Matt's Guide to Tuesday TV: Stripping Suspect, Tragic Sons, and More!
As Fox takes a pause before the World Series moves back to St. Louis for the final game(s) starting Wednesday, tonight's main event is a supersized two-and-a-half hour live performance show of The X Factor (8/7c), begging the question: Is bigger actually better? (Don't count on it.) This makes time for all 17 acts: the good (including Melanie Amaro, Simon's disingenuous "save" from last week, who should never have been kicked while Simon favored his pet Tiah Tolliver); the bad (any of the groups, including the Justin Bieber-wannabe hair-tossing brothers and the ensembles the judges cobbled together, both of which Paula inexplicably let through) and the "oh please" contingent (led by weepy Dexter Haygood, who took the spot that should have gone to the dynamic wedding singer Elaine Gibbs). It seems the point of tonight's show is to further tighten the ranks to 12 in advance of letting America start to vote next week. Eliminating the entire group category might be a good way to start.
Top scripted option: a pivotal episode of FX's Sons of Anarchy (10/9c) that picks up right where we left Juice hanging as the club prepares to take a crucial leadership vote. It's like the Wild West when bullets start to fly, heads start to roll, and awful things end up in the soup — or should we say chili — as major characters reassess their place in the mess these latest misadventures in the drug trade have landed them in. "We all do damage. Character is determined by how we repair it," says one of the old-timers. Before it's over, more irreversible damage has been inflicted on this fractured "family."
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NBC's experiment in giving the struggling Prime Suspect prime exposure continues, with the show being "stripped" Monday-Thursday this week in the 10/9c time period each night, tonight replacing a scheduled Parenthood repeat. This is one of the show's best episodes to date, with plenty of mordant humor undercutting the workplace tension, which has been scaled back so there's now a grudging cooperation (if not exactly respect) between the fractious Jane Timoney (Maria Bello) and her prickly male co-workers. When they complain about her impossible personality, they're not being sexist, just observant. At least she has reason to be on edge and exhausted, having just been humiliated by an armed robber at her dad's bar, where she is caught off-duty without her firearm. And when she sees the guys fawning over the pretty young robbery detective (Tony nominee Elizabeth Rodriguez of The Mother****** in the Hat) assigned to her case, you just know it's going to get under her skin. If you haven't been able to catch Prime Suspect on Thursdays, give it a shot. It's got more teeth, if not legs (or in Poppy Montgomery's case, bare arms), than tonight's similarly female-driven crime-drama competition, CBS' negligible Unforgettable and ABC's routine Body of Proof.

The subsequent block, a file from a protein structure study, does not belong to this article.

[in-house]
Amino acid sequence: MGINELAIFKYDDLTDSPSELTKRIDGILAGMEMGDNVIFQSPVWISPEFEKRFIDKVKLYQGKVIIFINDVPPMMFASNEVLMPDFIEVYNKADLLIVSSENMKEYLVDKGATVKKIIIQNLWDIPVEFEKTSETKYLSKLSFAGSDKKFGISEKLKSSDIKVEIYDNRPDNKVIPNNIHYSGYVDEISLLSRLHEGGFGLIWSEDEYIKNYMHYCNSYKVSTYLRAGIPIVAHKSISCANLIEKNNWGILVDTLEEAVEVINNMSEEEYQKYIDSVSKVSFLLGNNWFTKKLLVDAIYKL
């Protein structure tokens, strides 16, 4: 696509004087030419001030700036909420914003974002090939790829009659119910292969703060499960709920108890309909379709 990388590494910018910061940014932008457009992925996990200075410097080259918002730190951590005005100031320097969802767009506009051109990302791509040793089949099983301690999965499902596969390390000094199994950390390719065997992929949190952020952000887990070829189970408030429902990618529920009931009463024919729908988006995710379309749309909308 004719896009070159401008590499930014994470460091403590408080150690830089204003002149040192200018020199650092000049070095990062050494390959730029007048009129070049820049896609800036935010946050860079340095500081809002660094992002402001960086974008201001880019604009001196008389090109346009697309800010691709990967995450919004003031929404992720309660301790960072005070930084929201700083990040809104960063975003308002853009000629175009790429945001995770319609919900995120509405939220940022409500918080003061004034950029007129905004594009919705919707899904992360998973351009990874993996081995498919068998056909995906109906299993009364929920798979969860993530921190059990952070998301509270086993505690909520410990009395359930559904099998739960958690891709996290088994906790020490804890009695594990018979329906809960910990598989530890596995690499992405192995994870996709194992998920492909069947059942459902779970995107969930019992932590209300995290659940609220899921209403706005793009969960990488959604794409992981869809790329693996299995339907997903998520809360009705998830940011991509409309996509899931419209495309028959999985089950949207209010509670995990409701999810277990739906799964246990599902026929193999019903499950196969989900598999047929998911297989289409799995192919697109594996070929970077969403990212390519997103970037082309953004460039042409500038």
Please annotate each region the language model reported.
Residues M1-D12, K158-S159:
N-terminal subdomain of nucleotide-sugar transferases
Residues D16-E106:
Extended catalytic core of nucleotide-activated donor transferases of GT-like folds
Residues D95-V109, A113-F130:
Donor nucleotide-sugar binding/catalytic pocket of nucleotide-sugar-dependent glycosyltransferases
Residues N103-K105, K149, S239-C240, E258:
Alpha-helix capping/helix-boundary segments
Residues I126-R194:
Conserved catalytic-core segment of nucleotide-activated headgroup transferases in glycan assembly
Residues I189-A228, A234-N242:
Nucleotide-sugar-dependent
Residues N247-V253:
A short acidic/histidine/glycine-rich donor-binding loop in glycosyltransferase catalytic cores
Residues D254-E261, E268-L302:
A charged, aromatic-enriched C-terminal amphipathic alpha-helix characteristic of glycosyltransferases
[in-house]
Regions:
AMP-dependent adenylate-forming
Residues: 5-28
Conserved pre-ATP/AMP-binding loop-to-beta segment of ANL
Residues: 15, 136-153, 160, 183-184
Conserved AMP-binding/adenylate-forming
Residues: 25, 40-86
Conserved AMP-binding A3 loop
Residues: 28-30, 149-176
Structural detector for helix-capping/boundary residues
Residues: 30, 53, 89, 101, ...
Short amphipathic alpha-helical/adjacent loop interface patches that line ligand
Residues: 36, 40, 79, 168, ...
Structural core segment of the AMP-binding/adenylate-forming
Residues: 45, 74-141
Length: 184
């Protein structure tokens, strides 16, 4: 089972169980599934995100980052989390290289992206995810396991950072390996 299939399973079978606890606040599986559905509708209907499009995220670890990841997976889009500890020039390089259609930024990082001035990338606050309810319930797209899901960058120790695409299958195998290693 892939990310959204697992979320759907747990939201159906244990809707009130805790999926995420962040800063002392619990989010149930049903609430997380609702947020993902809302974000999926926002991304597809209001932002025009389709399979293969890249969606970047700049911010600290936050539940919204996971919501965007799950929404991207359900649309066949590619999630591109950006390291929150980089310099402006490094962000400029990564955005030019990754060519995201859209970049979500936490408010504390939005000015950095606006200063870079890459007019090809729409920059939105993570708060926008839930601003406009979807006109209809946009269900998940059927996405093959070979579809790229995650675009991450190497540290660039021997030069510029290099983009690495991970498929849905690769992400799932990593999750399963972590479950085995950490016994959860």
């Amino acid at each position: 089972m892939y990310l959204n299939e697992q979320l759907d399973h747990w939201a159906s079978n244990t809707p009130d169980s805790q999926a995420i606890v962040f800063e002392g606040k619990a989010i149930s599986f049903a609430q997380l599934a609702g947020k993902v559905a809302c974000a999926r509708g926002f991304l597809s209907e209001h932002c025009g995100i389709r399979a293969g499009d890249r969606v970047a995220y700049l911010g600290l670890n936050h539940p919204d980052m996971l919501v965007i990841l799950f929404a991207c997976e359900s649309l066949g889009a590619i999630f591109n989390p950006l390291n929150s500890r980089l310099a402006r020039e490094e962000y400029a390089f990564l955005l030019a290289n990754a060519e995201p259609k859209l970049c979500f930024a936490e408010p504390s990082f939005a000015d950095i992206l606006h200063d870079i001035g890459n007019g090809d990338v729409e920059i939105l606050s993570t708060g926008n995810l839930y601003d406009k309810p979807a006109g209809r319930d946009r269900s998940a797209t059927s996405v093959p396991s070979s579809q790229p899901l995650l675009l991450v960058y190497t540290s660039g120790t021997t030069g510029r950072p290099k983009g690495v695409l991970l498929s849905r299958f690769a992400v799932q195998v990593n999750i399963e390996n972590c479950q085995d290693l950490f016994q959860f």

So what else is on? ... ABC's Charlie's Angels may already be history (currently burning off its remaining episodes), but some Angels are eternal — including Cheryl Ladd, who shows up on CBS' top-rated NCIS (8/7c) as Duckie's new love interest. ... G4 presents a real-life version of The Hurt Locker in the new 10-part docu-series Bomb Patrol: Afghanistan (10/9c), narrated by Josh Duhamel, which follows the harrowing exploits of an elite Navy EOD (Explosive Ordnance Disposal) platoon on a five-month mission to seek out and dismantle explosives with robotics and other high-tech devices. ... Also from the truth-is-more-colorful-than-fiction category: the latest ESPN Films documentary, which introduces us to The Real Rocky (8/7c). Chuck Wepner is a liquor salesman who's also a local boxing legend in Bayonne, N.J., whose encounters with Sonny Liston and Muhammad Ali inspired Sylvester Stallone to write the Oscar-winning movie. ... President Obama makes his fourth appearance on The Tonight Show With Jay Leno (11:35/10:35c, NBC), his second since taking office. Doesn't he have something more productive to do? Because I know we do.
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